The 5000 Year Leap quotes the founders extensively. If you read the book with an eye to today's politics, it is easy to see that our elected officials (Republican and Democratic alike) have either forgotten the lessons listed here, or never knew them. Some of the chapters may cause you to question your own political beliefs and what you have thought of the U.S. Constitution. If you don't believe Mr. Skousen, it is easy to follow his footnotes to do your own homework and make your own decisions.

I would beg anyone with a high school age student to buy The 5000 Year Leap: A Miracle That Changed the World and ask them to read it. Every voter should read this book before they head to the next ballot box. Every elected official should be forced to read this before being sworn into office. If you only buy one book that I review on this website, this is the book.


If you like this post, you may also like:

Book Review: Glenn Beck's Common Sense

The Repugnant Nature of the Minimum Wage

Of Government and Men: Introduction


the anonymous guy said...


Skousen has some pretty awesome ideas about the interactions of Moroni, "pre-existence," Satan, and cooperation among communists, capitalists, republicans and democrats in a big fat conspiracy to form a one-world government under 94 year old David Rockefeller.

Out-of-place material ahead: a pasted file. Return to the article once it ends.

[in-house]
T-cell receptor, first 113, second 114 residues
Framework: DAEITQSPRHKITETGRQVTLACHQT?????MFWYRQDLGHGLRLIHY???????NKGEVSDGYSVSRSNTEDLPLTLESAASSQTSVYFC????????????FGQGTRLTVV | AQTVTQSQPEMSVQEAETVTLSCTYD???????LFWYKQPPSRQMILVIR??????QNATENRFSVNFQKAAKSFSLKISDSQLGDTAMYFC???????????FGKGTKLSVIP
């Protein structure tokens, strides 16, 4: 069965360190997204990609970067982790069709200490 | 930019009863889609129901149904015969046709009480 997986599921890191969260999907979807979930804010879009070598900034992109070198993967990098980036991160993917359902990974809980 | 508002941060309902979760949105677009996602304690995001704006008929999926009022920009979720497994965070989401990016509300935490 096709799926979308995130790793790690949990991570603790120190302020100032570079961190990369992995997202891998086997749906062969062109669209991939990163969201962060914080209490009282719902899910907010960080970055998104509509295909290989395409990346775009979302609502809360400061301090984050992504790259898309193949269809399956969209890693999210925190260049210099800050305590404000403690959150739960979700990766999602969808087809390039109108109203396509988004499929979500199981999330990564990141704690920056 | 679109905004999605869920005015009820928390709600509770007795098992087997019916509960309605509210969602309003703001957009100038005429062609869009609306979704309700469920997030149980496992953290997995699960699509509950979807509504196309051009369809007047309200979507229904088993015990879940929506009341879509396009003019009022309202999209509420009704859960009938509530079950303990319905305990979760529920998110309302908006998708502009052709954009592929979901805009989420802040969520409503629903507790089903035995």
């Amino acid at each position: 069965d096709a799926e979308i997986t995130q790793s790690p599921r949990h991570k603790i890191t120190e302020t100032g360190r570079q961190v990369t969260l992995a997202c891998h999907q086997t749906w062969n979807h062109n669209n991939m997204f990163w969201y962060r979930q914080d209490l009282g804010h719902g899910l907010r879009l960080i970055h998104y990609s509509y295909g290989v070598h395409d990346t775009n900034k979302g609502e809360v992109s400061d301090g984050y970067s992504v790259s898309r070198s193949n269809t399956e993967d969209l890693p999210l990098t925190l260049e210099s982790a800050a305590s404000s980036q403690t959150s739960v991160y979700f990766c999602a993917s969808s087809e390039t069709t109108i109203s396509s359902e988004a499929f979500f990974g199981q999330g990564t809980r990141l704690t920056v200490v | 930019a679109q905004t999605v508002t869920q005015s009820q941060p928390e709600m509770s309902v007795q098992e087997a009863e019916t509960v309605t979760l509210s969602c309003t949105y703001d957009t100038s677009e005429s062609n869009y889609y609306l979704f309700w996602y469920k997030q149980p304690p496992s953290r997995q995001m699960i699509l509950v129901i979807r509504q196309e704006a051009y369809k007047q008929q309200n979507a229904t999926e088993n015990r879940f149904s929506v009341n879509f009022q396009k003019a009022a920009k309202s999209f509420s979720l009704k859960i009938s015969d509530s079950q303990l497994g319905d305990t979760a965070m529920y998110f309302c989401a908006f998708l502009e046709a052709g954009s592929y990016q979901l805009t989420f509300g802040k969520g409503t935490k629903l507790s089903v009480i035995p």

Who's crazier--this guy or Ted Nugent or the Tea Partyers?

Andy D said...

I am interested in your comments on this Anon. What did you think of the book?

Rebecca said...

Lots of fun news considering our ole pal Murtha.


the anonymous guy said...

This seems to be Skouson's least tin-foil-hat book, being designed for the masses. But that's not saying much. It's still bizarre.

A few examples:

Skouson thinks America is basically God's unique divine agent in all of history.